The 49ers have been one of the more turnover-free teams this season, ranking sixth in the NFL with 1.1 giveaways per game, while the Lions sit at 19th with 1.4 a game.
Defensively, the 49ers have forced turnovers at a top-five rate in the NFL, while Detroit sits at 18th.
San Francisco has the advantage in the turnover department this season, most recently forcing two interceptions on Jordan Love last weekend, but the Lions could look to remain opportunistic, potentially creating some magic of their own.
Run Game: In the playoffs, running the football and stopping the run become bigger objectives, as they usually revolve around the battle in the trenches and therefore, control of the game.
That is no different in Sunday’s matchup, and the run game could have even higher importance, as the 49ers and Lions both ranked in the top five in rushing yards and rushing yards allowed per game this season.
The 49ers are led by running back Christian McCaffrey, who healthily paced the NFL in rushing yards this season while averaging 5.4 yards per carry and ranking third in explosive plays at his position.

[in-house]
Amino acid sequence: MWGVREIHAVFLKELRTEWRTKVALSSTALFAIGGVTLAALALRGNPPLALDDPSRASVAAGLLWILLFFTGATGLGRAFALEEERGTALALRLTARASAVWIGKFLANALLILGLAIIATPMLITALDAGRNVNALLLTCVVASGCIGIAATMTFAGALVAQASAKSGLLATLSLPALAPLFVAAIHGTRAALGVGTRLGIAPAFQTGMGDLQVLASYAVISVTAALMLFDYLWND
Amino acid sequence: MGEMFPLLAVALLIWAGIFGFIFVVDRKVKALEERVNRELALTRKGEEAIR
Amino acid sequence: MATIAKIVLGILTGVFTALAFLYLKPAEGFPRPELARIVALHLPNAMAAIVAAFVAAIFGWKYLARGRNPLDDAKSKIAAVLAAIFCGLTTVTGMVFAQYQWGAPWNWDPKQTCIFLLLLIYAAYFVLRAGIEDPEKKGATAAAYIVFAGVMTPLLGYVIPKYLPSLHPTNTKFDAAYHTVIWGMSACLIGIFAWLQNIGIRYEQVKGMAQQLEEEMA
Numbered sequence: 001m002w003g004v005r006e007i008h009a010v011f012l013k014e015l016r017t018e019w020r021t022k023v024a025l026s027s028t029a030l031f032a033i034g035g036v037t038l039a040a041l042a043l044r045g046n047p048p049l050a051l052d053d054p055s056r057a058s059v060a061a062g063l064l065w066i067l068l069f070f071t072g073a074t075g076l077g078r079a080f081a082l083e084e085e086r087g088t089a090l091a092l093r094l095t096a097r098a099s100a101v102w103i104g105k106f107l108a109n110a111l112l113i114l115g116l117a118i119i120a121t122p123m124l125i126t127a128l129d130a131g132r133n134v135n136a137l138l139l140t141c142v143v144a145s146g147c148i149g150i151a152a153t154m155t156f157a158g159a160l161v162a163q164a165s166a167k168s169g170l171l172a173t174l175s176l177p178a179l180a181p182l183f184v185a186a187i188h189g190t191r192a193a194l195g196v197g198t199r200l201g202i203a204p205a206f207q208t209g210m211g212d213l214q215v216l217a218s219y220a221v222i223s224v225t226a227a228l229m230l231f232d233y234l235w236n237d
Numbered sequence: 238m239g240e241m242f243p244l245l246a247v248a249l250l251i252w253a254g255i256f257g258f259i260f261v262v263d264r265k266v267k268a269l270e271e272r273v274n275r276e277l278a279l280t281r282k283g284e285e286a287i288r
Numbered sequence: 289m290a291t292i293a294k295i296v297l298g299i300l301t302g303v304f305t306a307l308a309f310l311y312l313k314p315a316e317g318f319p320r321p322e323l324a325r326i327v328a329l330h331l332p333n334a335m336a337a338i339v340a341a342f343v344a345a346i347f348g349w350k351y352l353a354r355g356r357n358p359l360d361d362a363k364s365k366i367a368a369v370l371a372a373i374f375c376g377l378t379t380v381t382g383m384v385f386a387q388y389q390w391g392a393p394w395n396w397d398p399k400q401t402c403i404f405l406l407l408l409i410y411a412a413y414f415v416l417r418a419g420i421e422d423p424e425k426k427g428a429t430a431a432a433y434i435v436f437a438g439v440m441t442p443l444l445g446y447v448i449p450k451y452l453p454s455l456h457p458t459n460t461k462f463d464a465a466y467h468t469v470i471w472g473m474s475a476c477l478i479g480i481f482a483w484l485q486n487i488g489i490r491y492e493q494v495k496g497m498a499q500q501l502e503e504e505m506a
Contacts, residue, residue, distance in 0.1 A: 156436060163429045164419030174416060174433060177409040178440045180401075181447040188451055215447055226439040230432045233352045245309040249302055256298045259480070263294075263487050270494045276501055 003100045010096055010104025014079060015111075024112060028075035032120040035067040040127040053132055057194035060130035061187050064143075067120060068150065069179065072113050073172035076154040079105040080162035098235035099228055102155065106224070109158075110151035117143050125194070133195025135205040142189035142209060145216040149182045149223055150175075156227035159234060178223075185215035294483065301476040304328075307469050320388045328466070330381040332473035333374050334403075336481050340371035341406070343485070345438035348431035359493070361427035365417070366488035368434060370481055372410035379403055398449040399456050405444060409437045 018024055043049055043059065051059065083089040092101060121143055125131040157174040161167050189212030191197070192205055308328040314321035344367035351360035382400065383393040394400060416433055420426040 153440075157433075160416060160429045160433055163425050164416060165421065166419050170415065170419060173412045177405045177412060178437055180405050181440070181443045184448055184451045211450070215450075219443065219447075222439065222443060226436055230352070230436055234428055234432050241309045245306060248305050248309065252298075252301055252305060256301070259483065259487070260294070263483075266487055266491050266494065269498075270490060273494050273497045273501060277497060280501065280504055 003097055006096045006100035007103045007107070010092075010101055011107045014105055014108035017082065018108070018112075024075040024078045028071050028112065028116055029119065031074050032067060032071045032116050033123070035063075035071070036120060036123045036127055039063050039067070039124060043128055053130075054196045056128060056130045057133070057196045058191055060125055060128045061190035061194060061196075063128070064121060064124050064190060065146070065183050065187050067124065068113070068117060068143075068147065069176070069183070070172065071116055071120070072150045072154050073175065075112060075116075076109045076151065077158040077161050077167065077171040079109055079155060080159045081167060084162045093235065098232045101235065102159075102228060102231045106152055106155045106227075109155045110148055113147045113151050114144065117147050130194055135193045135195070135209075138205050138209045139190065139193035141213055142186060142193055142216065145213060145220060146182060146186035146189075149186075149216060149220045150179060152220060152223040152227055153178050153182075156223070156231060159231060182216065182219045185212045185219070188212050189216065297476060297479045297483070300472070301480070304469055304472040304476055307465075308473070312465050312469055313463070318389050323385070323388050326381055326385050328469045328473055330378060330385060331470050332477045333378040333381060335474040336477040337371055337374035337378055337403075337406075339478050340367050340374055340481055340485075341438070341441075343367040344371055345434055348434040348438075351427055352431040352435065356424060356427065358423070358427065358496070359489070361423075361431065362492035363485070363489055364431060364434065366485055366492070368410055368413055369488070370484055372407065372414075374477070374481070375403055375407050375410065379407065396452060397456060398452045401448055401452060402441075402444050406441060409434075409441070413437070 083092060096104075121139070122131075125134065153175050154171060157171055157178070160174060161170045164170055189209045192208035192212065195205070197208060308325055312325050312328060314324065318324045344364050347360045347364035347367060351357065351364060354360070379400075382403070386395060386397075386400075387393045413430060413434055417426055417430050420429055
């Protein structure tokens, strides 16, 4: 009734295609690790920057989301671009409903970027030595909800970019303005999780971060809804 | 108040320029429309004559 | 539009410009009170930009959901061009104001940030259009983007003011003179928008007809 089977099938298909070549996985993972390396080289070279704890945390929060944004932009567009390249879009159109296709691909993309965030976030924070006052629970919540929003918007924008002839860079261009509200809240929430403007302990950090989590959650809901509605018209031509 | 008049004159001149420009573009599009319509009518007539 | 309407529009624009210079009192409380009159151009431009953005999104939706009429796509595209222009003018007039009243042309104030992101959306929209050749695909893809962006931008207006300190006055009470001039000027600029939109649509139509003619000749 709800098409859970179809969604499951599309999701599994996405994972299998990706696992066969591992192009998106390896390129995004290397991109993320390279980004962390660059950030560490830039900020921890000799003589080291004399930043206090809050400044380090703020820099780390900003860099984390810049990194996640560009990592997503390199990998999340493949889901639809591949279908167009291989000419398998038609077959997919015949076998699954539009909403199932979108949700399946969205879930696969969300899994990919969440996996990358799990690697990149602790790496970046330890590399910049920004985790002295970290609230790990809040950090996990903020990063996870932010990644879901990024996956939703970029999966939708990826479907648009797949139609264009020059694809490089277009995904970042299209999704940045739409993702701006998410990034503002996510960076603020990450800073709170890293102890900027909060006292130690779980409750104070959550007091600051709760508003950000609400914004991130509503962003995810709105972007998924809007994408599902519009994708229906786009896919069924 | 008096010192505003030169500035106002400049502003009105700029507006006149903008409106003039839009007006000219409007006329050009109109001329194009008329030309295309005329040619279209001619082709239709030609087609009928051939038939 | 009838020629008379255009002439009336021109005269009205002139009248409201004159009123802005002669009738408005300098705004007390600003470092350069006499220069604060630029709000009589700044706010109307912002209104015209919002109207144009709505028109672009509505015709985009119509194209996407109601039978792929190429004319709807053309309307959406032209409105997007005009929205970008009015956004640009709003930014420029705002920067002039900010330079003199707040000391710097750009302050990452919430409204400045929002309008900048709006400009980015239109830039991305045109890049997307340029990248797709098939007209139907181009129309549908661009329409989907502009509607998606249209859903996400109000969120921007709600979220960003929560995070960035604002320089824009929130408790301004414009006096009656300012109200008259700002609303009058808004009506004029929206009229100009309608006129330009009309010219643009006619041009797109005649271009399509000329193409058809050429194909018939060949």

The Lions, on the other hand, have a two-pronged attack with bruising back David Montgomery and elusive change-of-pace back Jahmyr Gibbs, who each have their own strengths.
Capable of taking on a large workload, Montgomery is consistently able to churn out four yards per carry between the tackles, while serving as an effective red zone option. Working well in space, Gibbs flourished as the season went along, averaging 5.2 yards per carry on the year and ranking second in explosive plays for a running back.
Both teams have showcased the ability to stop the run, as Detroit allowed just 88.8 rushing yards per game (2nd in the NFL) on 3.7 yards per attempt (3rd in the NFL), while San Francisco gave up 89.7 rushing yards a contest (3rd in NFL) and 4.1 yards per attempt (14th in the NFL).
The question comes down to how effectively each side can control the run game on Sunday, as the 49ers recently gave up 108 yards on 18 carries to Packers running back Aaron Jones in the Divisional Round. Now, 53 of those yards came on one carry, but all of Jones’s main major carries came on runs to the outside, while Detroit has executed well this season with Gibbs.
If the 49ers can show a semblance of stopping the run on Sunday, they’ll control the pace of the game. But, if the Lions can move the ball on the ground, they’ll be able to keep up and open up the play-action game, as well as other elements of coordinator Ben Johnson’s offense.